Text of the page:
COMMODITY BREAKDOWNS OF GENERAL MERCHANDISE
26 Commodity breakdowns of general merchandise credits are provided in tables; 7 (at current prices), 9 (at current prices, seasonally adjusted), 11 (chain volume measures, seasonally adjusted) and 13 (implicit price deflators, seasonally adjusted). The groupings shown are based on the United Nations' Standard International Trade Classification, Revision 4 (SITC Rev 4).
27 Commodity breakdowns of general merchandise debits are provided in tables; 8 (at current prices), 10 (at current prices, seasonally adjusted), 12 (chain volume measures, seasonally adjusted) and 14 (implicit price deflators, seasonally adjusted). The three broad end-use categories - Consumption goods, Capital goods and Intermediate and other merchandise goods - are based on United Nations’ Classification of Broad Economic Categories (BEC). These broad end-use categories are further divided into a total of 25 SITC based commodity groupings.
28 For more information on the commodity classification of general merchandise debits and a detailed concordance between balance of payments general merchandise debits end-use categories, commodity groups, BEC and SITC Rev 4, refer to Information Paper: Impact of introducing Revision 4 of the Standard International Trade Classification, 2008 (cat. no. 5368.0.55.010).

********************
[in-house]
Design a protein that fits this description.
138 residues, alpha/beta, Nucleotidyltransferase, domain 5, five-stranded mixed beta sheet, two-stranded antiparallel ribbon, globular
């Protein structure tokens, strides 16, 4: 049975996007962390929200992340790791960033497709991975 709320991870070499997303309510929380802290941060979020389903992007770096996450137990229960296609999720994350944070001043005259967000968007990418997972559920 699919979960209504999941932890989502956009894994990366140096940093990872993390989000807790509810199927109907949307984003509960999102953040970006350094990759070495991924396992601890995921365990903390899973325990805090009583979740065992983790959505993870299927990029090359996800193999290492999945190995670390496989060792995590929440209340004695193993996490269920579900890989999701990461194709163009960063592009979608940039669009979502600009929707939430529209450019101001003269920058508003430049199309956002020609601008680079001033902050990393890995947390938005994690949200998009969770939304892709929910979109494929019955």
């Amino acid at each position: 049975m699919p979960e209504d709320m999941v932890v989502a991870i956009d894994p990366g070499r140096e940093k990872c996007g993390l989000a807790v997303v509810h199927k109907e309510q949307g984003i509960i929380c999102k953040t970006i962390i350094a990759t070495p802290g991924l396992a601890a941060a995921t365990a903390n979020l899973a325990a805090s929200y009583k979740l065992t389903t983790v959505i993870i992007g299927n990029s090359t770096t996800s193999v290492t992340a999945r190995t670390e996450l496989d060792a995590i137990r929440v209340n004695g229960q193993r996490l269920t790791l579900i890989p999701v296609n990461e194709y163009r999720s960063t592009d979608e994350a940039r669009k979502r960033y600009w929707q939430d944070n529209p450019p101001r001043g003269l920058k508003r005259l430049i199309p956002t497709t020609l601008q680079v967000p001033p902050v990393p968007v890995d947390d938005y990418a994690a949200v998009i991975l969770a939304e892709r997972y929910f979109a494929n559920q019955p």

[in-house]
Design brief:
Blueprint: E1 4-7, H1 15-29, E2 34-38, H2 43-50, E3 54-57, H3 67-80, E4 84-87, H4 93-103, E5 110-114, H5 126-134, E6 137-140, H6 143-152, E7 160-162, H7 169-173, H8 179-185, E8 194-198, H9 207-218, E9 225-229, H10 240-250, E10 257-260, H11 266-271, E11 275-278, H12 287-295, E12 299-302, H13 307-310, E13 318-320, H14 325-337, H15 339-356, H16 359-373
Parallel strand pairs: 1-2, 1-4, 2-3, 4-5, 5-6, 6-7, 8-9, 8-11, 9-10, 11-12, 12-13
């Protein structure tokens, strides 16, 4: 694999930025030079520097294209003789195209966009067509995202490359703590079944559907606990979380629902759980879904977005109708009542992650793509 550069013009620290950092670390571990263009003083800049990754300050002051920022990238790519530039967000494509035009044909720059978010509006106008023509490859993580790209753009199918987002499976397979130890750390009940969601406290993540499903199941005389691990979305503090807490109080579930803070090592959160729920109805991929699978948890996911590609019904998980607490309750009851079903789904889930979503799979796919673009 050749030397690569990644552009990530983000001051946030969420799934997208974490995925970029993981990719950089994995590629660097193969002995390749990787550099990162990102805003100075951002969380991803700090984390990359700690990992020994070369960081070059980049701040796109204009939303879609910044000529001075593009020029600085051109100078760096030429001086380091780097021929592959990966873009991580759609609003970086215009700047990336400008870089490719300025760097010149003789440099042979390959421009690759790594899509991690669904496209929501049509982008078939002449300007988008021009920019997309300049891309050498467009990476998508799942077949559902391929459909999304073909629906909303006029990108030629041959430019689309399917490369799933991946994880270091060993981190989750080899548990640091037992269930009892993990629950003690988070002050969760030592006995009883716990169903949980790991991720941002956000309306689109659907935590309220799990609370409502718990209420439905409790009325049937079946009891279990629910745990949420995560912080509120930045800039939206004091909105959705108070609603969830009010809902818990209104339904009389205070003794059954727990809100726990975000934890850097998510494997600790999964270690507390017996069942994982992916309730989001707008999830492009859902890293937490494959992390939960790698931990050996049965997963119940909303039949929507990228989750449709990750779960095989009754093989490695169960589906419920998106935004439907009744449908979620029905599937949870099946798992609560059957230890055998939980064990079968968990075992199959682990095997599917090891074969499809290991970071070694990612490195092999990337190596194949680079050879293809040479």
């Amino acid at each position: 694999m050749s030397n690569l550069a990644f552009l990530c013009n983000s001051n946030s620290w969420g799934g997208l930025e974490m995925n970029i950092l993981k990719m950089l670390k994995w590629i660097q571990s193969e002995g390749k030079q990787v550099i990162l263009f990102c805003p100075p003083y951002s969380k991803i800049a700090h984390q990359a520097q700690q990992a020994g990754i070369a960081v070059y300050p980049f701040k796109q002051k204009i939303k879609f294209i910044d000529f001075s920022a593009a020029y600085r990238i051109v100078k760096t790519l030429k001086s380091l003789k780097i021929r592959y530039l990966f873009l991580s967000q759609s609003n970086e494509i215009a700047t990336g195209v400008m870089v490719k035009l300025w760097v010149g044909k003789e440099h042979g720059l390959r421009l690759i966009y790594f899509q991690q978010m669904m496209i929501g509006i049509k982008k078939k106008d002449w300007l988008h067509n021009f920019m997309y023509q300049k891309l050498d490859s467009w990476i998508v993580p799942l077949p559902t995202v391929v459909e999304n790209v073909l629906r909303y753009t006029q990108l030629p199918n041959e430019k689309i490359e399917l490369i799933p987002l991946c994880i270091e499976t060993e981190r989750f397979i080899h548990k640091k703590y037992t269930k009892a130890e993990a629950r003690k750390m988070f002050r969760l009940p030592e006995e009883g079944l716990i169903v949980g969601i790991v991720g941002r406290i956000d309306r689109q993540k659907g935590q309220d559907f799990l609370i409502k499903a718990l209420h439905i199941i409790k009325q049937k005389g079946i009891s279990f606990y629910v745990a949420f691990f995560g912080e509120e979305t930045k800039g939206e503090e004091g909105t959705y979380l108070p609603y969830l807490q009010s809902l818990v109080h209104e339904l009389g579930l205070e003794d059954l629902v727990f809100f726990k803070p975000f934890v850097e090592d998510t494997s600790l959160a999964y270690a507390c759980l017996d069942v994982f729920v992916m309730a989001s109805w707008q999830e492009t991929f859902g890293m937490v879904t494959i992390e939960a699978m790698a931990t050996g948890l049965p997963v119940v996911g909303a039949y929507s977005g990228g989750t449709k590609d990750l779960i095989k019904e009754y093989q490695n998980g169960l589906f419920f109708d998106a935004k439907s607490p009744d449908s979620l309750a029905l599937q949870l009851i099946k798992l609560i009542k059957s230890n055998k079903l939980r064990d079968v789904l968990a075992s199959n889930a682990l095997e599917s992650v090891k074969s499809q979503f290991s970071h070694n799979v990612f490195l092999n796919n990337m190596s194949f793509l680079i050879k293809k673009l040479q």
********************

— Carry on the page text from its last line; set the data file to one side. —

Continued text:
TOURISM RELATED SERVICES
29 The tourism related services memorandum items provide timely indicators of the movements in tourism related activities, not an absolute measure of the level of these activities. The tourism related indicator has been derived by combining total travel services (business, education-related and other personal travel) and passenger transportation services (which includes agency fees and commissions for air transport).